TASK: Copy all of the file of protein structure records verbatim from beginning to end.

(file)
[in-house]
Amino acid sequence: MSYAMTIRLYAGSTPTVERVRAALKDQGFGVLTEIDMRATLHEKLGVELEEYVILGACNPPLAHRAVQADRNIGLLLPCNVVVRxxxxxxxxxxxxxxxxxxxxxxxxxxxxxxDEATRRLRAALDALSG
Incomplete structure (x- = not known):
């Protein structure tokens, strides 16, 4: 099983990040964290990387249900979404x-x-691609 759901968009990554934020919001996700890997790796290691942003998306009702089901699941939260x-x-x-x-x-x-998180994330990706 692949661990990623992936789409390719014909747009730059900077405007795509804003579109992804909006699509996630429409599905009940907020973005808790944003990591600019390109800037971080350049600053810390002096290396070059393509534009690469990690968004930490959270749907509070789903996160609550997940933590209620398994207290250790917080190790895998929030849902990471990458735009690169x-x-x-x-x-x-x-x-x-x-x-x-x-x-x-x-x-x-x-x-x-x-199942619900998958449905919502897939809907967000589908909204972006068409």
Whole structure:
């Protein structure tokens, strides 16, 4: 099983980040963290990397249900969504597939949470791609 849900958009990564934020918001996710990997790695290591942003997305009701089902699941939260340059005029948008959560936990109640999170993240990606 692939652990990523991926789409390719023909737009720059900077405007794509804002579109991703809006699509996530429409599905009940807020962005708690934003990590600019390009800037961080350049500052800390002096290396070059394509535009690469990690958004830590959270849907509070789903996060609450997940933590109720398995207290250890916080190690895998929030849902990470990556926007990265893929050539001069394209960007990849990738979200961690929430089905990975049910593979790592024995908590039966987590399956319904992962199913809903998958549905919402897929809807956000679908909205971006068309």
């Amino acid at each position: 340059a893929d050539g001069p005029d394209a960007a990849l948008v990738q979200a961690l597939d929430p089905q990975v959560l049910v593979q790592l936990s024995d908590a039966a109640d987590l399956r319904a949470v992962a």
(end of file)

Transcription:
[in-house]
Amino acid sequence: MSYAMTIRLYAGSTPTVERVRAALKDQGFGVLTEIDMRATLHEKLGVELEEYVILGACNPPLAHRAVQADRNIGLLLPCNVVVRxxxxxxxxxxxxxxxxxxxxxxxxxxxxxxDEATRRLRAALDALSG
Incomplete structure (x- = not known):
């Protein structure tokens, strides 16, 4: 099983990040964290990387249900979404x-x-691609 759901968009990554934020919001996700890997790796290691942003998306009702089901699941939260x-x-x-x-x-x-998180994330990706 692949661990990623992936789409390719014909747009730059900077405007795509804003579109992804909006699509996630429409599905009940907020973005808790944003990591600019390109800037971080350049600053810390002096290396070059393509534009690469990690968004930490959270749907509070789903996160609550997940933590209620398994207290250790917080190790895998929030849902990471990458735009690169x-x-x-x-x-x-x-x-x-x-x-x-x-x-x-x-x-x-x-x-x-x-199942619900998958449905919502897939809907967000589908909204972006068409």
Whole structure:
């Protein structure tokens, strides 16, 4: 099983980040963290990397249900969504597939949470791609 849900958009990564934020918001996710990997790695290591942003997305009701089902699941939260340059005029948008959560936990109640999170993240990606 692939652990990523991926789409390719023909737009720059900077405007794509804002579109991703809006699509996530429409599905009940807020962005708690934003990590600019390009800037961080350049500052800390002096290396070059394509535009690469990690958004830590959270849907509070789903996060609450997940933590109720398995207290250890916080190690895998929030849902990470990556926007990265893929050539001069394209960007990849990738979200961690929430089905990975049910593979790592024995908590039966987590399956319904992962199913809903998958549905919402897929809807956000679908909205971006068309």
């Amino acid at each position: 340059a893929d050539g001069p005029d394209a960007a990849l948008v990738q979200a961690l597939d929430p089905q990975v959560l049910v593979q790592l936990s024995d908590a039966a109640d987590l399956r319904a949470v992962a």